PORTLAND, Maine — The eight-year winning streak enjoyed by Hampden Academy’s mock trial team came to an end Thursday when students lost a close match to Cape Elizabeth High School in the state final, held at the Cumberland County Courthouse.
The last time the mock trial team from Cape Elizabeth won the state championship was in 2002, the only year Hampden’s team did not make it to the final. Hampden bested Cape Elizabeth in the final in 2000, 2001, 2003, 2005 and 2007, according to Hampden coach James McCarthy.
Mark Beaumont, a Bangor lawyer, and Kathryn King, a teacher at Hampden Academy, also coach the mock trial team.
“It was an excellent match,” McCarthy said Friday.
McCarthy, a federal prosecutor, said the students were understandably upset that they would not be going on to compete nationally in Phoenix next spring.
“But they understand the subjective nature of the judging [in mock trial],” McCarthy said. “It’s similar to the judging that’s found in Olympic figure skating. They understand, realize and accept that.”
The presiding judge for the final match was Leigh I. Saufley, chief justice of the Maine Supreme Judicial Court. The other judges were David Cluchey of the University of Maine Law School in Portland and J. Hillary Billings, a former Bangor lawyer who now works as a federal public defender in Portland.
A year ago, the future of the mock trial program was uncertain. The Maine State Bar Association had sponsored the competition since 2005 but announced last fall that it could not afford to be the sole supporter of the program in 2010.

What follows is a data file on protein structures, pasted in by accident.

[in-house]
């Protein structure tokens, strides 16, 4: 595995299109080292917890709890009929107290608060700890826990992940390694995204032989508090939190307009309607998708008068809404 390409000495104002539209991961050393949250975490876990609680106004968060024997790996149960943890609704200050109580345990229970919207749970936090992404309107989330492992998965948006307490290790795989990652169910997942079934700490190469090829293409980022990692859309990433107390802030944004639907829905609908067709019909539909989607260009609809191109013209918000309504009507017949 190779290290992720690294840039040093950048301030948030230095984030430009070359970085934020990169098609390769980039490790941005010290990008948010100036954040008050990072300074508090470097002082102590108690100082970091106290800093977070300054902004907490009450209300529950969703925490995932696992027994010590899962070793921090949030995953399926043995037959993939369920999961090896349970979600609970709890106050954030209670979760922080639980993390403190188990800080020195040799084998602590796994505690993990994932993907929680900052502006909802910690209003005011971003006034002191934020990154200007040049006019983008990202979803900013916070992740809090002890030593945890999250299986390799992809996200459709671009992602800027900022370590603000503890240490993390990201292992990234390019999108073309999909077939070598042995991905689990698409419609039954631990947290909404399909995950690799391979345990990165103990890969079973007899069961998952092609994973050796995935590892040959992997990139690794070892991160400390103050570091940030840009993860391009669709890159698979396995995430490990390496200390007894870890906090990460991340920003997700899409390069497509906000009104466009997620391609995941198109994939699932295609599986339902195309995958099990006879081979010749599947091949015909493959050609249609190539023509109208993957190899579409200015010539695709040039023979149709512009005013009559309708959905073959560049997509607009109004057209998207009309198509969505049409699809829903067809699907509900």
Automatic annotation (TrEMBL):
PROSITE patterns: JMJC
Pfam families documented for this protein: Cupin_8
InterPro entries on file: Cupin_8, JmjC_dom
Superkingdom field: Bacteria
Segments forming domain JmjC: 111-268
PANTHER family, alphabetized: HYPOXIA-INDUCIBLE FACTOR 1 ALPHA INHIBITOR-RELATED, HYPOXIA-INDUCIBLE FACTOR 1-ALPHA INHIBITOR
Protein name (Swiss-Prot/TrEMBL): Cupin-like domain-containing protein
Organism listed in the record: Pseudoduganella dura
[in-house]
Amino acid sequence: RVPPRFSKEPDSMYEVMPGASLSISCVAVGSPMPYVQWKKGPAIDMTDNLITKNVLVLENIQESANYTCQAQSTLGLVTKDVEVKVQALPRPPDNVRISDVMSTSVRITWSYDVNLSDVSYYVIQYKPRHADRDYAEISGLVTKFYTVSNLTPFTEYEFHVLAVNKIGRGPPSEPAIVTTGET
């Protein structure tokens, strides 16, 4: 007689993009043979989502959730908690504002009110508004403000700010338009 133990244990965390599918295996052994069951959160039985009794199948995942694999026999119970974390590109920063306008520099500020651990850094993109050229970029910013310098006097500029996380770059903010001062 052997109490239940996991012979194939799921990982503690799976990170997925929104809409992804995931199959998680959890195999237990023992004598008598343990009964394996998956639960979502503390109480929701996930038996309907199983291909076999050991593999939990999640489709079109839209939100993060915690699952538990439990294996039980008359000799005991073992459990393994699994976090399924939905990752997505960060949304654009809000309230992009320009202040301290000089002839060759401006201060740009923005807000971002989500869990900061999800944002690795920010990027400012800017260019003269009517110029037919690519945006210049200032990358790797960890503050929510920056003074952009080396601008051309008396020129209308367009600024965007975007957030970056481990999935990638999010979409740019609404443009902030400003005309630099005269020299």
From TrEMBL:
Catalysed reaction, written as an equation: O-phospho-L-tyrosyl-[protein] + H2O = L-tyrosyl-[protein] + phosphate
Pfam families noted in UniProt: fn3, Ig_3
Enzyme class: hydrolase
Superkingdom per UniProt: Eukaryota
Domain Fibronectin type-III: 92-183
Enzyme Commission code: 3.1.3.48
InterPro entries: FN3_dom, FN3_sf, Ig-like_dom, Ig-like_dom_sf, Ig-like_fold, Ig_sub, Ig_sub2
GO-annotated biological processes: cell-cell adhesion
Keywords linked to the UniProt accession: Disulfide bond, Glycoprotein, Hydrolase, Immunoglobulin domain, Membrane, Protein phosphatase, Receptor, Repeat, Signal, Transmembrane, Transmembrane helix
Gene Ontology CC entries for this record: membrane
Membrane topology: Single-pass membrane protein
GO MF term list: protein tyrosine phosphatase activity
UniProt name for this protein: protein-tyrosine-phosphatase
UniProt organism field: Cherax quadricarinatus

Julie Finn, coordinator of the mock trial program, said Friday that there is funding to continue the program next fall.
Finn announced in October that the program would go forward this fall due to the fundraising efforts of the Friends of Mock Trial, a nonprofit organization composed of teachers, lawyers and parents. The group raised the $15,000 needed to keep the program going.
A wide range of donors, including the Narragansett Number One Foundation in Bar Mills and the law firm Berman Simmons in Lewiston, saved the program. But a $4,000 donation from Rick and Debbie Lazar of Seattle, Wash., who summer in Maine, and matching funds from the Lazars’ Bangor law firm, Gross, Minsky & Mogul, secured the program’s immediate future.
The Lazars made the donation in memory of their late daughter, Corrie Lazar, who was an active member of her college mock trial group, Finn said in October.
The Friends of Mock Trial will continue their efforts next year, according to Finn.
More than 340 students from 22 high schools in Maine competed in mock trials in 2009, learning valuable skills such as public speaking, the rules of law and persuasive arguments, Finn said in a press release. The number of teams slipped to 19 in 2010.